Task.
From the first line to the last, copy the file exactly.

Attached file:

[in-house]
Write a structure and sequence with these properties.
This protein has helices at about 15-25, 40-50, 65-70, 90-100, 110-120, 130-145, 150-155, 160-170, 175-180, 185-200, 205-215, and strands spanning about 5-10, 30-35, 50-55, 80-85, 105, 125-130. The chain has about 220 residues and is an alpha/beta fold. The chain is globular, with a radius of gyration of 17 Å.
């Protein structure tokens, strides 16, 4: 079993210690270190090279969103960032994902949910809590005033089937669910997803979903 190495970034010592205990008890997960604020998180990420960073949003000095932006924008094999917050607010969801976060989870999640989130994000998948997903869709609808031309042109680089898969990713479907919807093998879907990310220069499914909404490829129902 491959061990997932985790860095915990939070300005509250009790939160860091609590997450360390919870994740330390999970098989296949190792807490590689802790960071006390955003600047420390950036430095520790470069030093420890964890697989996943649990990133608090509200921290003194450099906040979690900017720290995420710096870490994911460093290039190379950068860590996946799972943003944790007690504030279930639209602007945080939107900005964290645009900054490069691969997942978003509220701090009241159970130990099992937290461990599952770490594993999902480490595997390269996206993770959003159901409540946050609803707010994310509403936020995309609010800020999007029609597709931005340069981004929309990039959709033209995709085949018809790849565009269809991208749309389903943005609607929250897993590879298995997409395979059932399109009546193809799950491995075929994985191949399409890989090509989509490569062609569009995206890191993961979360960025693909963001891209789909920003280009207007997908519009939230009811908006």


[in-house]
Write a structure and sequence with these properties.
This protein has helices at about 15-25, 40-50, 65-70, 90-100, 110-120, 130-145, 150-155, 160-170, 175-180, 185-200, 205-215, and strands spanning about 5-10, 30-35, 50-55, 80-85, 105, 125-130. The chain has about 220 residues and is an alpha/beta fold. The chain is globular, with a radius of gyration of 17 Å.
């Protein structure tokens, strides 16, 4: 079993210690270190090279969103960032994902949910809590005033089937669910997803979903 190495970034010592205990008890997960604020998180990420960073949003000095932006924008094999917050607010969801976060989870999640989130994000998948997903869709609808031309042109680089898969990713479907919807093998879907990310220069499914909404490829129902 491959061990997932985790860095915990939070300005509250009790939160860091609590997450360390919870994740330390999970098989296949190792807490590689802790960071006390955003600047420390950036430095520790470069030093420890964890697989996943649990990133608090509200921290003194450099906040979690900017720290995420710096870490994911460093290039190379950068860590996946799972943003944790007690504030279930639209602007945080939107900005964290645009900054490069691969997942978003509220701090009241159970130990099992937290461990599952770490594993999902480490595997390269996206993770959003159901409540946050609803707010994310509403936020995309609010800020999007029609597709931005340069981004929309990039959709033209995709085949018809790849565009269809991208749309389903943005609607929250897993590879298995997409395979059932399109009546193809799950491995075929994985191949399409890989090509989509490569062609569009995206890191993961979360960025693909963001891209789909920003280009207007997908519009939230009811908006």